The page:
Thursday, September 23, 2010

Ouran High School Host Club Manga

Ouran High School Host Club Manga – Distributed by Shojo Beat (Viz Media)
Number of Volumes: 14 (still ongoing)
Genres: Comedy, Reverse harem, Romance, Cross-dressing
Written and Illustrated by Hatori Bisco

“At the private Ouran Institute lineage counts first, money a close second. The wealthy are blessed with idle hours and six handsome, especially idle students have formed a host club to entertain females also burdened by a surfeit of leisure time.” One day, however, the lower-middle class scholarship student, Haruhi Fujioka, accidentally appears and due to clumsiness incurs a debt of $80,000. In order to pay off the debt, Haruhi becomes “the natural host” among these beautiful, young, and disgustingly rich boys. What happens when they discover that Haruhi is, in fact, a girl?


This has become one of my latest obsessions. After watching the entire anime series, twice, I decided to pick up the original story by way of the manga. I am so glad I did! I have yet to devour a manga series as hungrily and as quickly as I have Ouran High School Host Club (Ouran, for short). Putting aside the somehow magnificent fan service for us girls, and the almost non-stop humour, it is just a great story! Love triangles, class rifts, teenage rivalries, and some of the most wonderful characters I’ve ever come across.

There are several elements that are required for a shojo story, and different approaches that can be made, depending upon the type of love story the author wants to write. The wonderful thing about Ouran is that it touches on so many of them that one can hardly limit it to the reverse-harem genre of Shojo, but also include BL (Boy’s Love), fish-out-of-water stories, pauper and the prince tales, numerous iterations of cross-dressing and queer identities… and the list goes on.

First and foremost, though, Ouran is a reverse-harem shojo manga. All the players are listed and accounted for, from the romantic prince to the cool and collected guy with glasses, the stoic strong wild type to the boy lolita who makes you want to pinch his cheeks. Of course let’s not forget the devilish twins who like to cause trouble, and the poor girl caught in the middle. In her own way, she fills the void as both the tragic hero telling tales of her late mother and as the unusual specimen of the common man.

For us girls (and those boys who appreciate boys like girls do) there is this wonderful in the anime/manga business called “fan service”. No, this is not where you use the book or DVD case as a fan, but rather where the artist decides to give the fans a little swoon-worthy material in the guise of shirtless, good-looking young men who aren’t overly muscular, and yet are still well defined. Granted, it doesn’t appeal to everyone, but for those who like it, Ouran has more than enough for any fan of the male figure! Hatori Bisco, in my personal opinion, is a very, very talented artist.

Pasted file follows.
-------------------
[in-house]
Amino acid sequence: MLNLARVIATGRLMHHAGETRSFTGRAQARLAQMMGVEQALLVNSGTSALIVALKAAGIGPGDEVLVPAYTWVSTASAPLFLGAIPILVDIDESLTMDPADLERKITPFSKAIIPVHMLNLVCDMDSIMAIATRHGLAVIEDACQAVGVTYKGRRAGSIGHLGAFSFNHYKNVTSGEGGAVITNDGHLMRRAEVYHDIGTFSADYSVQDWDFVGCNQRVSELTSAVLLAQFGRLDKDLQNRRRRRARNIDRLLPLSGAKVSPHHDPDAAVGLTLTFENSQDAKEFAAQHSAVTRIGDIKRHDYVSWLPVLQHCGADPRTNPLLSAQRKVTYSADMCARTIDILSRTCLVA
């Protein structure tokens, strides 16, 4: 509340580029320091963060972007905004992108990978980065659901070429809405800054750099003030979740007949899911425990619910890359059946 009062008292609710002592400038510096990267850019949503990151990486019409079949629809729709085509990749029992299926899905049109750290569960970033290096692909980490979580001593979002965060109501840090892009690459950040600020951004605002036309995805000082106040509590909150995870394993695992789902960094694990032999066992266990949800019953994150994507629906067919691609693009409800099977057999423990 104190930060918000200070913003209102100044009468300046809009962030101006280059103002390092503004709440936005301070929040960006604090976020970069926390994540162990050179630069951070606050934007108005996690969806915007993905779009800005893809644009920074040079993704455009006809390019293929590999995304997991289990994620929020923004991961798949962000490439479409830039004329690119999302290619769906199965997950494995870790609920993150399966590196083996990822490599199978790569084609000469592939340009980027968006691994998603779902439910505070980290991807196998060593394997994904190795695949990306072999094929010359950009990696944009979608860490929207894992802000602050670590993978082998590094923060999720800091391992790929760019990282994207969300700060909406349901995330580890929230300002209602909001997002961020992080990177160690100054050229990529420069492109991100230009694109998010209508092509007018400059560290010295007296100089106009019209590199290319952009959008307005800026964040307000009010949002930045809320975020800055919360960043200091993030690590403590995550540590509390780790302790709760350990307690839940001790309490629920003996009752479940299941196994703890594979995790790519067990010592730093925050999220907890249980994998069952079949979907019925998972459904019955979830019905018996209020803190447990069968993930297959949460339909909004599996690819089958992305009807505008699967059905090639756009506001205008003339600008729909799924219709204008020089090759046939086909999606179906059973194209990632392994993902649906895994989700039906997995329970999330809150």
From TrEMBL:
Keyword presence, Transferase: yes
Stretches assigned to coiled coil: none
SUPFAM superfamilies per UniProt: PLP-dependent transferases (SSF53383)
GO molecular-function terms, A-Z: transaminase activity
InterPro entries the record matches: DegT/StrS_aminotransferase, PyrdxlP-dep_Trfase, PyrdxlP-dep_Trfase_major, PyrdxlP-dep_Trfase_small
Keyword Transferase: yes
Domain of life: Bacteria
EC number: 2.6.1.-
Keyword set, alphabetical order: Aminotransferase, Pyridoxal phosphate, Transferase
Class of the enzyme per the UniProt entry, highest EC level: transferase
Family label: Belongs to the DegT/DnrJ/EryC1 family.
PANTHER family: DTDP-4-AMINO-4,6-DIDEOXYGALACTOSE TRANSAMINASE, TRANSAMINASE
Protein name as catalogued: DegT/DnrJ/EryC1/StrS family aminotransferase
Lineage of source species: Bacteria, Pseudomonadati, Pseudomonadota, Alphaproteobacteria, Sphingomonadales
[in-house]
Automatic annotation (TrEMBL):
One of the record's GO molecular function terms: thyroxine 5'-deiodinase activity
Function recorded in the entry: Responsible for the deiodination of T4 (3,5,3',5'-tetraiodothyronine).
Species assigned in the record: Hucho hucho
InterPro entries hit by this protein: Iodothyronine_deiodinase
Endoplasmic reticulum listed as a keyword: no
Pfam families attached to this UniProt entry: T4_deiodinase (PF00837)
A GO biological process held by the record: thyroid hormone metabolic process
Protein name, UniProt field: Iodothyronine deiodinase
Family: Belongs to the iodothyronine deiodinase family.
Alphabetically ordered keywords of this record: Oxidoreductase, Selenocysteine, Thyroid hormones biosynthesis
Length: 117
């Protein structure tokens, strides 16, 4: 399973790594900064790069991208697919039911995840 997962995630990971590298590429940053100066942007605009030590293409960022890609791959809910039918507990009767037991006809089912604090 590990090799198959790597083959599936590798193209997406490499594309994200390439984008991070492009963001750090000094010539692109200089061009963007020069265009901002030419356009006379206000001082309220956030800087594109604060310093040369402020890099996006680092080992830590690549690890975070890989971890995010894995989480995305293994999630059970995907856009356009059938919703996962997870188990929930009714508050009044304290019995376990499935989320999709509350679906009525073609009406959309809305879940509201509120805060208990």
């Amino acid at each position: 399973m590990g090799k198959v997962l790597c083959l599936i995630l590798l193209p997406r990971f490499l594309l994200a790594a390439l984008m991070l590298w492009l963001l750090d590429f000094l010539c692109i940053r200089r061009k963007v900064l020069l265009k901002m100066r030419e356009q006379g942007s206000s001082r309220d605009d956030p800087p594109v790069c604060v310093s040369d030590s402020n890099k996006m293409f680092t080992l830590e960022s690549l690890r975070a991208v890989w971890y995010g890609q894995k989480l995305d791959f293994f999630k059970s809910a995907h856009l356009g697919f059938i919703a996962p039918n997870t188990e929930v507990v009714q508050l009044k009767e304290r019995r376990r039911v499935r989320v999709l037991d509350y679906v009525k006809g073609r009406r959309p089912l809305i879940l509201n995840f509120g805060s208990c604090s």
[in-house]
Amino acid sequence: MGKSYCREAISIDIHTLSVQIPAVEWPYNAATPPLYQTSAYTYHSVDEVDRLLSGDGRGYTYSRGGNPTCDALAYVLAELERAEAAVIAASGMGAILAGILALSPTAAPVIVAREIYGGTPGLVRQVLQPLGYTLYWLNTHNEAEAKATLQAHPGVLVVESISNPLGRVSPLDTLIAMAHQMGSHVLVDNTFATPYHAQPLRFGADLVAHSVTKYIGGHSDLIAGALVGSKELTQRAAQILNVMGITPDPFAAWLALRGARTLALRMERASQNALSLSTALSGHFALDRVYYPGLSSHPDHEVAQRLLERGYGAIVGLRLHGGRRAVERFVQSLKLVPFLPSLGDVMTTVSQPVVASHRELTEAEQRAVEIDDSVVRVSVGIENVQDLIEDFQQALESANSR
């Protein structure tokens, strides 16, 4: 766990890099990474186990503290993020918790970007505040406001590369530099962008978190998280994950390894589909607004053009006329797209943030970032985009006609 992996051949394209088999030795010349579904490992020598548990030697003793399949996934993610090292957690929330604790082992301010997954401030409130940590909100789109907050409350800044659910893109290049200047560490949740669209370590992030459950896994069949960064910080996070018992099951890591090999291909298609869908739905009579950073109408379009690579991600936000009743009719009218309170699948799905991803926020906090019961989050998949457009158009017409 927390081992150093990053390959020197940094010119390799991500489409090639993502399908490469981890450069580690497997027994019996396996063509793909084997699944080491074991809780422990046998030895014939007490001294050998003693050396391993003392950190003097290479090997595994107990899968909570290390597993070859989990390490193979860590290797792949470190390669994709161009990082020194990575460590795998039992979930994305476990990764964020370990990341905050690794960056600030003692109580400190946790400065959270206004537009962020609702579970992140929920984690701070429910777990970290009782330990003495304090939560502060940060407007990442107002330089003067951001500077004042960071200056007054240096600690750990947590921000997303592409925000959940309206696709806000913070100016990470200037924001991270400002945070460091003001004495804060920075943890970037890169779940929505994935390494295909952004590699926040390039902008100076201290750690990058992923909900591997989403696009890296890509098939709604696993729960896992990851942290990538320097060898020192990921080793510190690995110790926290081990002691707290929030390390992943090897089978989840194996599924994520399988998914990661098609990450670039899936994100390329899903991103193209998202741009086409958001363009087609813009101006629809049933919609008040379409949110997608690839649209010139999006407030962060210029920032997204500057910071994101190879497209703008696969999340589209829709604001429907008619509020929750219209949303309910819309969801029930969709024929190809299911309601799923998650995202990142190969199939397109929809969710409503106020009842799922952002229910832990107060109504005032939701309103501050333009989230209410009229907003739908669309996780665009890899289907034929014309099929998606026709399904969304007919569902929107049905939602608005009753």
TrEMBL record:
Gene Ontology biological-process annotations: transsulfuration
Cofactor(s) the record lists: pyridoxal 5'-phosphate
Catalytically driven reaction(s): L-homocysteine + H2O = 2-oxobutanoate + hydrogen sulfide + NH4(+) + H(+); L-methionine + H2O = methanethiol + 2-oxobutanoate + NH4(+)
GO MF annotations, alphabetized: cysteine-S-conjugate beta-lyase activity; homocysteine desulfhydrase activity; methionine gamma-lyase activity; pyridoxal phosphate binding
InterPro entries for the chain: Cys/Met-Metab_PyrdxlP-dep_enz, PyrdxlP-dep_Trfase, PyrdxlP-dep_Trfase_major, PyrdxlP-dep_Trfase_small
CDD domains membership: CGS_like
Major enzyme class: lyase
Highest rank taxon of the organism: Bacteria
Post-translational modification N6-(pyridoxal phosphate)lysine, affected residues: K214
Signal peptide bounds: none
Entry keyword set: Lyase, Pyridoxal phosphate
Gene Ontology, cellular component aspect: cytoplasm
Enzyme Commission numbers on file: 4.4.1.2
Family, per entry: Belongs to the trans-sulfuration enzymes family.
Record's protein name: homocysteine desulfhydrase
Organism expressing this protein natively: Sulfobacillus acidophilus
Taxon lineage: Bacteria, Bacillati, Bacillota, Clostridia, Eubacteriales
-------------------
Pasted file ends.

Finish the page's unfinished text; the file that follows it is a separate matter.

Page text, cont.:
Even though the premise alone does not strike me as original, the treatment most certainly is. This shojo is both a tribute and a parody – a true homage to the reverse harem genre. It reminds of what Wes Craven did for screamer movies with his honestly satirical approach to the Scream trilogy. This approach is observed in several ways, the first of which being the breaking of the proverbial fourth wall. On occasion different characters will either comment on the “previous chapter” or how “something was written”, signifying the meta-fictional awareness. There are also several characters who address the audience directly in a similar fashion to Zach in Saved by the Bell or Ferris Beuller of Ferris Beuller’s Day Off, the originator of the style. The second indicator that we are being treated to a satire is apparent in several chapters where an outside character will comment on the similarities between the situation and shojo manga. Finally, there is the presence of Renge, a female student who transfers to Ouran from France just to be closer to Kyoya. After forcing herself into a managerial role within the club we discover that she herself is an otaku – a rabid fan. Renge makes a point of finding whatever does not agree with the stereotype and “fixes” it, or at the very least points it out for the guys to try and correct themselves, often times to no avail.

Essentially, I love this story, and will be sad when it comes to a conclusion later on this year (Bisco Hatori Sensei has stated that she will be ending the series in the next couple of volumes). There is a character for each and every female fan to faun over, appreciate and admire. The situations these beautiful men find themselves in, along with their unwilling female partner, are both heart-warming and gut-splitting, showing off Bisco Sensei’s talent for writing such complex emotions into such stereotypical plotlines. My hat’s off to you, sensei!

Until next time, ja ne!

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